Journalism in the Age of Trump

By Michael S. Serrill

Marty Baron, Washington Post Executive Editor. Photo: Ricky Carioti, courtesy of The Washington Post.

Much has been made of how the administration of President Donald Trump requires a different kind of coverage than its predecessors. Washington Post editor Marty Baron disagrees. “Our traditional role serves us fine,” he says. That role, he adds, is to be “an honest observer” of political events and then to “tell the people what we’ve found.”

That classic approach, of course, has resulted in a series of spectacular scoops for the Post, including its report that National Security Advisor Michael Flynn had lied to other government officials about his contacts with the Russian government. Flynn was fired days later.

Baron was speaking to the Foreign Editors Circle, a gathering of foreign editors and others who meet annually to discuss the challenges of covering the world. This year it was held at the plush, spacious headquarters that the Post occupied after its purchase by Amazon founder Jeff Bezos.

Baron did acknowledge that the Trump administration has a marked hostility toward the media. “I am not sure Trump has read the First Amendment; he skipped over it and went right to the Second,” Baron joked. Still, he said, “we shouldn’t be partisan, though the administration is trying to portray us as partisan.”

The Post editor lamented that Trump’s disrespect for the press extends beyond our shores. Unlike other Presidents of both parties, “he is not a good advocate for freedom of the press around the world. When the Secretary of State [Rex Tillerson] doesn’t allow reporters to travel with him, that is a bad sign.”

So, he said, is Trump’s “admiration for [Russian President] Putin and others who control the press.”

The Foreign Editors Circle meeting was organized by the Vienna-based International Press Institute and The Associated Press. More than 20 foreign editors and representatives of media organizations, including the Overseas Press Club, the GroundTruth Project and the International News Safety Institute, spent the day discussing global politics, the dangers of overseas reporting, particularly for freelancers, and the continuing struggle of news outlets to survive in the internet age.

The difficulty of dealing with an Administration that labels fact-based reporting as partisan was a persistent theme. John Daniszewski, standards editor and former foreign editor of The Associated Press, noted that even that scrupulously objective news outlet has been denounced as anti-Trump. Jackson Diehl, deputy editorial editor of the Post and former foreign editor, asked, “How do you react to Trump? Do you call him on his lies? Do you engage with him? He wants us to get into an argument with him.”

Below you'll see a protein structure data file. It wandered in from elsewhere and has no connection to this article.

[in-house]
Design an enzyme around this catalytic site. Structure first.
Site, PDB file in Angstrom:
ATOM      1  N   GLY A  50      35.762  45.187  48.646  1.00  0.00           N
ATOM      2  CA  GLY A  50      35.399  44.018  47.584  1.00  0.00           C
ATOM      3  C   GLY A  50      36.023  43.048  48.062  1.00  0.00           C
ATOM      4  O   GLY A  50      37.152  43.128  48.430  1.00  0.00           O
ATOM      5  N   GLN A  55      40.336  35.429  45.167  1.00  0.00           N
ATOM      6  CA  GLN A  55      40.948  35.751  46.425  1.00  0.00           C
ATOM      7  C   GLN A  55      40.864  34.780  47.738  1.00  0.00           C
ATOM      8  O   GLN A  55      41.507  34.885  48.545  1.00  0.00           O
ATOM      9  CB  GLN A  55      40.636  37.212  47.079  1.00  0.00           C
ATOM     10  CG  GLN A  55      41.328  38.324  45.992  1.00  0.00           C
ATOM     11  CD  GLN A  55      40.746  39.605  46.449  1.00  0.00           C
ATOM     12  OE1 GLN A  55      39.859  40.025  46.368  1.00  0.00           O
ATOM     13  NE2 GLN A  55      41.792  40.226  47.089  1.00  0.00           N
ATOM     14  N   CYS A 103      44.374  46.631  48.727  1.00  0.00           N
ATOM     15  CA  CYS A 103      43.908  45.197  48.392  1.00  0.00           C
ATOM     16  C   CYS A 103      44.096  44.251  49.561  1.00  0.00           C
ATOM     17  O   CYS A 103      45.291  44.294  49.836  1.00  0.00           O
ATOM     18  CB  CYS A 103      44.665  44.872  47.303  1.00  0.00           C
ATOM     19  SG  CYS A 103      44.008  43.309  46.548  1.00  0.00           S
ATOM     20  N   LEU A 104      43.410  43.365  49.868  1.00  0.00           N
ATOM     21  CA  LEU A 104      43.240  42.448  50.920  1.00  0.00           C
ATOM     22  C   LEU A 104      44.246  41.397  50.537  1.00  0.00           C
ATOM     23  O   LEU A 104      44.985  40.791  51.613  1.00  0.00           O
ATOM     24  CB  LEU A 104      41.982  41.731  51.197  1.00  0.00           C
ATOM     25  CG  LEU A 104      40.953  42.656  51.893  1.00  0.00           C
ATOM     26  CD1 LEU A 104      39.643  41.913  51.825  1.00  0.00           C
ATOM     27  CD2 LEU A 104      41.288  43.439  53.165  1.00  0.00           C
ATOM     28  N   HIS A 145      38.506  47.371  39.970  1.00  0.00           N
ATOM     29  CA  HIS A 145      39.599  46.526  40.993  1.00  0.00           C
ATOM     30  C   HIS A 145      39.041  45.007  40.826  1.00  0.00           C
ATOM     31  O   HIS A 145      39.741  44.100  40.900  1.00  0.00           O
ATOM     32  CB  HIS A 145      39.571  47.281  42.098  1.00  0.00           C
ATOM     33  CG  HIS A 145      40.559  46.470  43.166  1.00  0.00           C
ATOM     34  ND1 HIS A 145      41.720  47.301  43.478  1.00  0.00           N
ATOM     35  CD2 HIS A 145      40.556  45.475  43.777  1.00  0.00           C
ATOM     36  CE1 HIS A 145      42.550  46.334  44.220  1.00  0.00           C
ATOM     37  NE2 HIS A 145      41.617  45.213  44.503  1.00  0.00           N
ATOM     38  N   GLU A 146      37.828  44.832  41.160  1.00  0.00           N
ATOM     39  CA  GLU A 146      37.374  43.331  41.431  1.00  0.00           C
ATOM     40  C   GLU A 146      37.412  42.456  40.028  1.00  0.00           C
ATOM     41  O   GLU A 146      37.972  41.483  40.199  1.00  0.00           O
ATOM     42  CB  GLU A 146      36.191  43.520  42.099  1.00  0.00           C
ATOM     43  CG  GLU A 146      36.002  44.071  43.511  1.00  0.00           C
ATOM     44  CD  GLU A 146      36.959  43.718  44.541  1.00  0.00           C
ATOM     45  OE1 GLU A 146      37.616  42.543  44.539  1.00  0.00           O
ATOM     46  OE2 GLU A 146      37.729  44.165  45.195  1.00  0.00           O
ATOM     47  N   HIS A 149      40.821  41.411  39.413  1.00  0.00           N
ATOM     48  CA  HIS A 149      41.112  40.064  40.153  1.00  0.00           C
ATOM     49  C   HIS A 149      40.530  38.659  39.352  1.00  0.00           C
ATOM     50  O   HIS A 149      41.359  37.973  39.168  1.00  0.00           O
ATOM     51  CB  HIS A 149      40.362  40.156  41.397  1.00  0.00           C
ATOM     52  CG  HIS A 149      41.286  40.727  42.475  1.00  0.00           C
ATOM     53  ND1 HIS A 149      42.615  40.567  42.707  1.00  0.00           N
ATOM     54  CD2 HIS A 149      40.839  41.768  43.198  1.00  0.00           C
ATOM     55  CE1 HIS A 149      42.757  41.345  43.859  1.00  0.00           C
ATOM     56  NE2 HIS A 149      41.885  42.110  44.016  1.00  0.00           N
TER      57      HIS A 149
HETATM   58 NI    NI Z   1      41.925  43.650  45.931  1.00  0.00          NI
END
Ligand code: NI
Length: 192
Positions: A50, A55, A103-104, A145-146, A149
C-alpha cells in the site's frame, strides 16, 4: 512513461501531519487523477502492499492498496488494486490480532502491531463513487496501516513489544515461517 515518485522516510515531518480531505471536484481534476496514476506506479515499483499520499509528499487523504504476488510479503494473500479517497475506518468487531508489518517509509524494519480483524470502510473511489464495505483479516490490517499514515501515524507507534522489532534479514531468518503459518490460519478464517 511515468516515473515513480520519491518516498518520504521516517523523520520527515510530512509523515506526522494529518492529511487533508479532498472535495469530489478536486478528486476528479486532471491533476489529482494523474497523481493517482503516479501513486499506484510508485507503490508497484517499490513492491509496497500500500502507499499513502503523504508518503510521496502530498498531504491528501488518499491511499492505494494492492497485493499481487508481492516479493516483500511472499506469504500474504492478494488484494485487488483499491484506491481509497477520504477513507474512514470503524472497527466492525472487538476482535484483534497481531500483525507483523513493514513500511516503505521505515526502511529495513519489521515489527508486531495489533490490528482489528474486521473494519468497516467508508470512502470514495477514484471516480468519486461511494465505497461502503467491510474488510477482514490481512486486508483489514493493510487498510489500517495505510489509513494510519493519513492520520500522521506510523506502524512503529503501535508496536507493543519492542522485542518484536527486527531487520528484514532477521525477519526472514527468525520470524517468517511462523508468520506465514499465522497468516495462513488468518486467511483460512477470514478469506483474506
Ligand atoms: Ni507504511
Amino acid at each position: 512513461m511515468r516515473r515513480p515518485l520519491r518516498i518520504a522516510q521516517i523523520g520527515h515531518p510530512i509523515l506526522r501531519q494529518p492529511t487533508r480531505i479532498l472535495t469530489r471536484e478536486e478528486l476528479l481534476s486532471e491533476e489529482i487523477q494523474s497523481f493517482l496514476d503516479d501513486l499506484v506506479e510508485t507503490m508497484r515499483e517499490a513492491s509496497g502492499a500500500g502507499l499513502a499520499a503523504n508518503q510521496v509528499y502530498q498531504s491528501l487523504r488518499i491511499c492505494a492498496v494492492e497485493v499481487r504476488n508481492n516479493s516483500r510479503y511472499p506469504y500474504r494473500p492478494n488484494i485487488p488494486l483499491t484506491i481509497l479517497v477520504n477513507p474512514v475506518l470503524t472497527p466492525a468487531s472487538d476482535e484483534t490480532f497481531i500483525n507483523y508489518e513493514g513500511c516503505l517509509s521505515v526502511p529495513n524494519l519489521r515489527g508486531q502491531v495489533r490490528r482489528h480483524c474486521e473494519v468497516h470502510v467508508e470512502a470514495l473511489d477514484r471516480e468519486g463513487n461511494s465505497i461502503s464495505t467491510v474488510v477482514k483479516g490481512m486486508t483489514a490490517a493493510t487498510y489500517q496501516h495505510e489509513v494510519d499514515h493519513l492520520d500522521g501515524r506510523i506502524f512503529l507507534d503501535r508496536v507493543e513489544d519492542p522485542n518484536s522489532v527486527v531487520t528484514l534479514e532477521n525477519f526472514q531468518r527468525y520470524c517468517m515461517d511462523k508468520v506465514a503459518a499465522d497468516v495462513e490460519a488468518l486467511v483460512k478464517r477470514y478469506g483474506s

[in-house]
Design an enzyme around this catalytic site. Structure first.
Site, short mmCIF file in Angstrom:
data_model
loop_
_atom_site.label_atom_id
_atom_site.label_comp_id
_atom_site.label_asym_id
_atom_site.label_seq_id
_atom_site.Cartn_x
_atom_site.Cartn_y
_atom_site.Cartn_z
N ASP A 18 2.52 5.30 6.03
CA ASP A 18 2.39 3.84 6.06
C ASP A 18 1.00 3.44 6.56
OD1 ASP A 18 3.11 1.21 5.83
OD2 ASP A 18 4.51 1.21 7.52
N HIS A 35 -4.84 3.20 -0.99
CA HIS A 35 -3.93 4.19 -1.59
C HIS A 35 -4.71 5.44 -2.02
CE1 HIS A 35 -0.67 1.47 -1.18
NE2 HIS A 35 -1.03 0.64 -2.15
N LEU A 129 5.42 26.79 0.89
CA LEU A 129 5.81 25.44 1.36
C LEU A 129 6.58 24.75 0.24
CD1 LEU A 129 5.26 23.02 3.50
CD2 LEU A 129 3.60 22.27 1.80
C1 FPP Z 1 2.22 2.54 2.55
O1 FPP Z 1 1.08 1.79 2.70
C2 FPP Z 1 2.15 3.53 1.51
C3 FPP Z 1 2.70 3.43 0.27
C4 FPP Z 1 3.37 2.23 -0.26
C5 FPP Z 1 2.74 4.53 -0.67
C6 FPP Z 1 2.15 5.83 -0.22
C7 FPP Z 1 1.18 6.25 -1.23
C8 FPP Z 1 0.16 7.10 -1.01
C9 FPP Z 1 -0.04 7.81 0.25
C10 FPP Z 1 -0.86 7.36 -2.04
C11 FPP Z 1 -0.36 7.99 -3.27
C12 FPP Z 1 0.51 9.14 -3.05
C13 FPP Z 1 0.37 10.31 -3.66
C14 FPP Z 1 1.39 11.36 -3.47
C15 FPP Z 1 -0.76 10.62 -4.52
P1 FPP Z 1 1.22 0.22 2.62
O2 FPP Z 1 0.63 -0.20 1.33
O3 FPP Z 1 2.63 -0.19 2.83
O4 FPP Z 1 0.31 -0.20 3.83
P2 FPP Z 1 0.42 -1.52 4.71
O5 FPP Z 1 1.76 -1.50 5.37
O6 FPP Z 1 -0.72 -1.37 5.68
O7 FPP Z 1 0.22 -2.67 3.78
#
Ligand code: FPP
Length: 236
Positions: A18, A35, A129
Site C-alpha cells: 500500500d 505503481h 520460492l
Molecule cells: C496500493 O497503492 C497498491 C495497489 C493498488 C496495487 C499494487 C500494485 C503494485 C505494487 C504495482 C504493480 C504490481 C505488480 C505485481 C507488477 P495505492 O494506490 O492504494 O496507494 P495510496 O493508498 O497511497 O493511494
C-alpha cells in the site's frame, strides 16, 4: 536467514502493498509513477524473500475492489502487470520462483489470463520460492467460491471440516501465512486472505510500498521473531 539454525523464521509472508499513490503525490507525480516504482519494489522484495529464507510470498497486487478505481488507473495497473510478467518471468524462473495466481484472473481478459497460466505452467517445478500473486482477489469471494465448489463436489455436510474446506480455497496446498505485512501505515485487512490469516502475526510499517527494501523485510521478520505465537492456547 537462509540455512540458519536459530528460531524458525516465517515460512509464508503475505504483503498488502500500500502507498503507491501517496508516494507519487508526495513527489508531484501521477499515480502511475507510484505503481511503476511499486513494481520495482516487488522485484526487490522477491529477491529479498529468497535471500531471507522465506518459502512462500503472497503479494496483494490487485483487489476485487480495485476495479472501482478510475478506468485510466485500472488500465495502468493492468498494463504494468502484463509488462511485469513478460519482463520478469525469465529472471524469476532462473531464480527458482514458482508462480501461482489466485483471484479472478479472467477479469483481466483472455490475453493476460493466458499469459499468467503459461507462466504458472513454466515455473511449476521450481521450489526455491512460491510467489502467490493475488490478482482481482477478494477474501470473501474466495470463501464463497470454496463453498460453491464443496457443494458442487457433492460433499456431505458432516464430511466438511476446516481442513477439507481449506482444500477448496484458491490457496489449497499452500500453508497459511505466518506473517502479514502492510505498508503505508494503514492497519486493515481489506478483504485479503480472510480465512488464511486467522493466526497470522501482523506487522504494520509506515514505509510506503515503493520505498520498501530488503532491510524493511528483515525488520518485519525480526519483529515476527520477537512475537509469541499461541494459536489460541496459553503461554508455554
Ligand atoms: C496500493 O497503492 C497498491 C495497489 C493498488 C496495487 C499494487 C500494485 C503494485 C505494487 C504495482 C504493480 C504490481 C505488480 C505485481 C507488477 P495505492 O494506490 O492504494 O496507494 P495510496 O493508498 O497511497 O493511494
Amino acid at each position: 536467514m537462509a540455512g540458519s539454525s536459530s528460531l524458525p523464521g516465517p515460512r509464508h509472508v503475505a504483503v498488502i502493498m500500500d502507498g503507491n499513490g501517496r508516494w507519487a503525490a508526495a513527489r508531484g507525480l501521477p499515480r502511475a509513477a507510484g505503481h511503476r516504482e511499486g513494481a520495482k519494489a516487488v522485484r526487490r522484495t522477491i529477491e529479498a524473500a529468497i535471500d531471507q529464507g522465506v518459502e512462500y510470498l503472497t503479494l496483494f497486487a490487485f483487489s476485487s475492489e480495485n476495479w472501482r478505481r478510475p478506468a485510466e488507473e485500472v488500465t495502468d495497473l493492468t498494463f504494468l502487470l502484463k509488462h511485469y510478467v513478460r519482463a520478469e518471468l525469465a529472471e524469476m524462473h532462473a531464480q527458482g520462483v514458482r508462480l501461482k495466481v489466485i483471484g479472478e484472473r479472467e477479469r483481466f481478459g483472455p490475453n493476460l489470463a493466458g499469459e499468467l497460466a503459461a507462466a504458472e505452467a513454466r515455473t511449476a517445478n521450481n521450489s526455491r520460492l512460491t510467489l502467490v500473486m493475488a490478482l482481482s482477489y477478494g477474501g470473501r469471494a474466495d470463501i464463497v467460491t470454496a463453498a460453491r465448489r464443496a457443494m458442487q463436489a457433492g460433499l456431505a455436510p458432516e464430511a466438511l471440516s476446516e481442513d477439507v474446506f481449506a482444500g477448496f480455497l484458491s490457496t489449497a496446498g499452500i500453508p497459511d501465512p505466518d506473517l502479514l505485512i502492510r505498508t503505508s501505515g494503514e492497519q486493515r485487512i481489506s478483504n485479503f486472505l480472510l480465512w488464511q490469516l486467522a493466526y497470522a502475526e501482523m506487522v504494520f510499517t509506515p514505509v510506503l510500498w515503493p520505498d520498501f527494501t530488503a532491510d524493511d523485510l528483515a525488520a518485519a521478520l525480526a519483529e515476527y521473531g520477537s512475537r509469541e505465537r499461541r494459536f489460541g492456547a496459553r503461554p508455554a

In his talk to the group, Diehl outlined four trends that will dominate global affairs in coming years: the uncontrolled movement of people from poor and war-torn countries to the West; the backlash against globalization; the rollback of democracy in countries like Turkey, Hungary and Russia; the retreat of U.S. leadership in global affairs. On the last trend, he noted the silence of the Trump administration when confronted with the crushing of dissent in nations such as Turkey and Venezuela.

The dangers of overseas reporting were addressed by Gary LaFree, a University of Maryland professor and founder of the National Consortium for the Study of Terrorism and Responses to Terrorism (START). LaFree has compiled a database of attacks on journalists around the world; it counts 1,165 kidnappings of news men and women and 1,300 murders since 1970. Some 146 of the killings happened in 2015 alone, LaFree said. Hannah Storm, executive director of the London-based News Safety Institute, said that two journalists are killed every week for doing their jobs. Her group is a forum for information sharing and has provided safety training for more than 2,500 staff and freelance journalists.

Storm noted that a growing category of journalistic harassment is virtual, and that women are most often targeted online. “In almost all situations the attacks become sexualized,” she said. Baron said Post reporters have been subjected to a flood of online assaults since Trump’s election, many of them anti-Semitic and some threatening violence. The paper has had to beef up security at its offices as a result.

Outside the U.S., the internet, rather than a boon to free speech, has too often become a vehicle of oppression. “Sovereign control of the internet” is the rule in much of the world, Baron noted – “a tool of authoritarian regimes.”

The internet is also the great disrupter of U.S. journalism’s economic life. Newspapers in particular “are still struggling to figure out the model in major metropolitan areas,” Baron said. “We have to deepen the level of engagement, get people to read the second and third day story. We have to prove to our readers every day that we have value.”

One way to do that is with high-impact investigative stories of the kind underwritten by the non-profit Pulitzer Center for Crisis Reporting. The Center, founded by Jon Sawyer, who attended the Washington meeting, has spent $2 million in the past decade providing direct grants to reporters working on international stories. One result: four winners of this year’s Overseas Press Club Awards were backed by the Pulitzer Center.